processes occurring in nature, and its most elementary form is

realized when a single atom interacts with a single photon.

Reaching this regime has been a major focus of research in

atomic physics and quantum optics

1

for several decades and

has generated the ﬁeld of cavity quantum electrodynamics

2,3

.

Here we perform an experiment in which a superconducting two-

level system, playing the role of an artiﬁcial atom, is coupled to an

on-chip cavity consisting of a superconducting transmission line

resonator. We show that the strong coupling regime can be

attained in a solid-state system, and we experimentally observe

the coherent interaction of a superconducting two-level system

with a single microwave photon. The concept of circuit quantum

electrodynamics opens many new possibilities for studying the

strong interaction of light and matter. This system can also be

exploited for quantum information processing and quantum

communication and may lead to n ew approaches for single

photon generation and detection.

In atomic cavity quantum electrodynamics (QED), an isolated

atom with electric dipole moment d interacts with the vacuum state

electric ﬁeld E

0

of a cavity. The quantum nature of the ﬁeld gives rise

to coherent oscillations of a single excitation between the atom and

the cavity at the vacuum Rabi frequency n

Rabi

¼ 2dE

0

/h, which can

be observed when n

Rabi

exceeds the rates of relaxation and deco-

herence of both the atom and the ﬁeld. This effect has been observed

in the time domain using Rydberg atoms in three-dimensional

microwave cavities

3

and spectroscopically using alkali atoms in very

small optical cavities with large vacuum ﬁelds

4

.

Coherent quantum effects have been recently observed in several

superconducting circuits

5–10

, making these systems well suited for

use as quantum bits (qubits) for quantum information processing.

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Of the various superconducting qubits, the Cooper pair box

11

is

especially well suited for cavity QED because of its large effective

electric dipole moment d, which can be 10

4

times larger than in an

alkali atom and ten times larger than a typical Rydberg atom

12

.As

suggested in our earlier theoretical study

12

, the simultaneous com-

bination of this large dipole moment and the large vacuum ﬁeld

strength

—

due to the small size of the quasi one-dimensional

transmission line cavity

—

in our implementation is ideal for reach-

ing the strong coupling limit of cavity QED in a circuit. Other solid-

state analogues of strong coupling cavity QED have been envisaged

in superconducting

13–20

, semiconducting

21,22

, and even micro-

mechanical systems

23

. First steps towards realizing such a regime

have been made for semiconductors

21,24,25

. To our knowledge, our

experiments constitute the ﬁrst experimental observation of strong

coupling cavity QED with a single artiﬁcial atom and a single

photon in a solid-state system.

The on-chip cavity is made by patterning a thin superconducting

ﬁlm deposited on a silicon chip. The quasi-one-dimensional co-

planar waveguide resonator

26

consists of a narrow centre conductor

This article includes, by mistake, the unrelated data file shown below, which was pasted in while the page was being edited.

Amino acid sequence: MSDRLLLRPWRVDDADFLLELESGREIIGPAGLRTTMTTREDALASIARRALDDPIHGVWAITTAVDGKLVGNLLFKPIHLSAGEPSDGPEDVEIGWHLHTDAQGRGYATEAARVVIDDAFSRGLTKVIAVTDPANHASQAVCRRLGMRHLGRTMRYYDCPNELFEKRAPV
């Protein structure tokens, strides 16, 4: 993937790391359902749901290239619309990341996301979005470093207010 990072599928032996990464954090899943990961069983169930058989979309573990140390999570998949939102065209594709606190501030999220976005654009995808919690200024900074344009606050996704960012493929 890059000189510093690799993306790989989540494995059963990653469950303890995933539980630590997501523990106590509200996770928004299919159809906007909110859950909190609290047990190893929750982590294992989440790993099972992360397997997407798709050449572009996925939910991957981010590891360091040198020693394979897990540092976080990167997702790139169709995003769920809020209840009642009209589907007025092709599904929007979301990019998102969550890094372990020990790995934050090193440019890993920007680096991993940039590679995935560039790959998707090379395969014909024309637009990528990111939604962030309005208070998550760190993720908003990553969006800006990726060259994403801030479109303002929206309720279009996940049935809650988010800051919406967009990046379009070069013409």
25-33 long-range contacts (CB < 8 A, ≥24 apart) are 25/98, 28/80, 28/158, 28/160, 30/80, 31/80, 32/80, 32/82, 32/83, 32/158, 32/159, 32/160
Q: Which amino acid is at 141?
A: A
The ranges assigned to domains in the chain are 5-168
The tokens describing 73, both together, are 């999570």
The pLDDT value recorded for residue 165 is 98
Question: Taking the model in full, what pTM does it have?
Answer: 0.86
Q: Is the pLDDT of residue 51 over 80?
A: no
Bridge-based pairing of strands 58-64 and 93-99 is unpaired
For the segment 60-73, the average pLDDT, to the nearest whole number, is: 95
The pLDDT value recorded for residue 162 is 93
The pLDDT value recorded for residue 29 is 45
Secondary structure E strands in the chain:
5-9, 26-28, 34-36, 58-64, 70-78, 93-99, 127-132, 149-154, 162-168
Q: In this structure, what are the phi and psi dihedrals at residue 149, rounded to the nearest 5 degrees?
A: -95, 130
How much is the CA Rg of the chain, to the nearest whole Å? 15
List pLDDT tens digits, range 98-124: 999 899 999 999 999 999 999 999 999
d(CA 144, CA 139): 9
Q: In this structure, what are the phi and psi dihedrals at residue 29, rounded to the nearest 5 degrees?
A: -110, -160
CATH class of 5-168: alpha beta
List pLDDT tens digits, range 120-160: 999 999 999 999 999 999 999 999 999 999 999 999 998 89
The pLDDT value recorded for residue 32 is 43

of length l and two nearby lateral ground planes, see Fig. 1a. Close to

its full-wave (l ¼

l

) resonance frequency, q

r

¼2pn

r

¼1=

ﬃﬃﬃﬃﬃﬃ

LC

p

¼

2p 6:044 GHz; where n

r

is the bare resonance frequency, the reso-

nator can be modelled as a parallel combination of a capacitor C and

an inductor L (the internal losses are negligible). This simple

resonant circuit behaves as a harmonic oscillator described by the

hamiltonian H

r

¼ " q

r

(a

†

a þ 1/2), where ka

†

al ¼k

^

nl ¼ n is the

average photon number. At our operating temperature of

T , 100 mK, much less than "q

r

/k

B

< 300 mK, the resonator is

nearly in its ground state, with a thermal occupancy n , 0.06. The

vacuum ﬂuctuations of the resonator give rise to a root mean square

(r.m.s.) voltage V

rms

¼

ﬃﬃﬃﬃﬃﬃﬃﬃﬃﬃﬃﬃﬃﬃﬃﬃ

"q

r

=2C

p

< 1

m

V on its centre conductor,

and an electric ﬁeld between the centre conductor and the ground

plane that is a remarkable E

rms

< 0.2 V m

21

, some hundred times

larger than in the three-dimensional cavities used in atomic micro-

wave cavity QED

3

. The large vacuum ﬁeld strength results from the

extremely small effective mode volume (,10

26

cubic wavelengths)

of the resonator

12

.

The resonator is coupled via two coupling capacitors C

in/out

, one

at each end (see Fig. 1b), to the input and output transmission lines

that allow its microwave transmission to be probed (see Fig. 2a–c).

The predominant source of dissipation is the loss of photons from

the resonator through these ports at a rate k ¼ q

r

/Q, where Q is the

(loaded) quality factor of the resonator. The internal (uncoupled)

loss of the resonator is negligible (Q

int

< 10

6

). Thus, the average

photon lifetime in the resonator T

r

¼ 1/k exceeds 100 ns, even for

our initial choice of a moderate quality factor Q < 10

4

.

The Cooper pair box (CPB) consists of a several micrometre long

and submicrometre wide superconducting island which is coupled

via two submicrometre size Josephson tunnel junctions to a much

larger superconducting reservoir, and is fabricated in the gap

between the centre conductor and the ground plane of the resonator,

at an antinode of the ﬁeld (see Fig. 1c). The CPB is a two-state